Aftermath and Meaning of of Jing Ke’s Assassination Attempt of Emperor Qin

Dr. Eno wrote: “Yan fell in 222 B.C., and after the conquest, the First Emperor made every effort to hunt down all the men who had been involved in the assassination attempt. His agents failed, however, to find the lutenist Gao, who went into hiding and covered up his skills as a lutenist in fear that he would be identified. But after a time, his skills came to light and his fame spread, and at length he was summoned to play for the emperor. As he played, an attendant identified him, and the emperor, unable to bear killing so fine a musician, ordered that Gao’s eyes be put out. [Source: Robert Eno, Indiana University, based Shiji 86 (94 B.C.) by Sima Qian /+/ ]

“Later, the emperor often ordered that Gao be brought to court to play, and Gao, each time he was led into court, would move his mat a bit closer to the emperor. At last, when he believed the emperor no longer feared him, Gao hid a heavy lead weight in his lute and approached nearly to the side of the throne. Then, in the midst of his playing, he suddenly raised his lute and attempted to strike the emperor dead. But once again, the emperor dodged an assassin, and Gao was immediately executed, ending the last breath of Jing Ke’s plot. /+/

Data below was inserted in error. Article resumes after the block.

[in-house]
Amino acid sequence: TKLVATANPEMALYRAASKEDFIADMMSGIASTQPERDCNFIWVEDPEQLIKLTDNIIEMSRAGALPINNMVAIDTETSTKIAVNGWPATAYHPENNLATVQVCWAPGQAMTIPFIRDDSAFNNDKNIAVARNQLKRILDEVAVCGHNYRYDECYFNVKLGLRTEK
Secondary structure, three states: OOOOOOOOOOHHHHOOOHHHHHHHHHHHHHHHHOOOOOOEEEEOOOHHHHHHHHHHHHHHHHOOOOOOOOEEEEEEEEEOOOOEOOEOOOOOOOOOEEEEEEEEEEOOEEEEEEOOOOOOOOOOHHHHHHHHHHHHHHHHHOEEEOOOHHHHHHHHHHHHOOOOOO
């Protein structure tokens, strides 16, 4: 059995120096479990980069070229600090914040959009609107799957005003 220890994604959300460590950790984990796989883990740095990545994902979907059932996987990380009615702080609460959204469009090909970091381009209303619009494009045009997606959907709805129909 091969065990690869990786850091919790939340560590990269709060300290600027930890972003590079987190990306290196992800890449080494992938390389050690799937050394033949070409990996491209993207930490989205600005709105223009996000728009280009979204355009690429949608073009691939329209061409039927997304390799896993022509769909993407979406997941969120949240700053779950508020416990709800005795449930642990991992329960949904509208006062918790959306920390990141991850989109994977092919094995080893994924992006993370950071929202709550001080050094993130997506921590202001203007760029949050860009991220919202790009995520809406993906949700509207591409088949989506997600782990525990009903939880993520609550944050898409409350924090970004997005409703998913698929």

“While assassinations of rulers were about as common as dinner parties in Classical China, etiquette demanded that one murder one’s own lord, not the ruler of another state. The accepted goal of assassination was the acquisition of power, although personal revenge could also play a role (recall the attempts of Wu Zixu to bring about the death of the king of Chu, and General Fan’s role here). We do not often see assassination employed as a part of state policy because rulers were not generally the determining factor in an enemy state’s political behavior. To sabotage a state, it was far more effective to murder or bribe key ministers, or to bring about their downfall by means of slander. /+/

“The plot of Jing Ke and the prince of Yan may be viewed as a personal matter – the prince had been slighted in Qin, and the “Shiji” tells us that his resentment was strong because he had been a boyhood friend of the First Emperor when both were sons of royal hostages in the state of Zhao. But the political goals of the assassination figure in every version of the story. All who recorded it saw it as an attempt to deflect the whirlwind military campaigns of Qin by eliminating their guiding force, the king – not Li Si.: /+/

Zhang Yimou’s Movie About Jing Ke’s Attempt to Assassinate Emperor Qin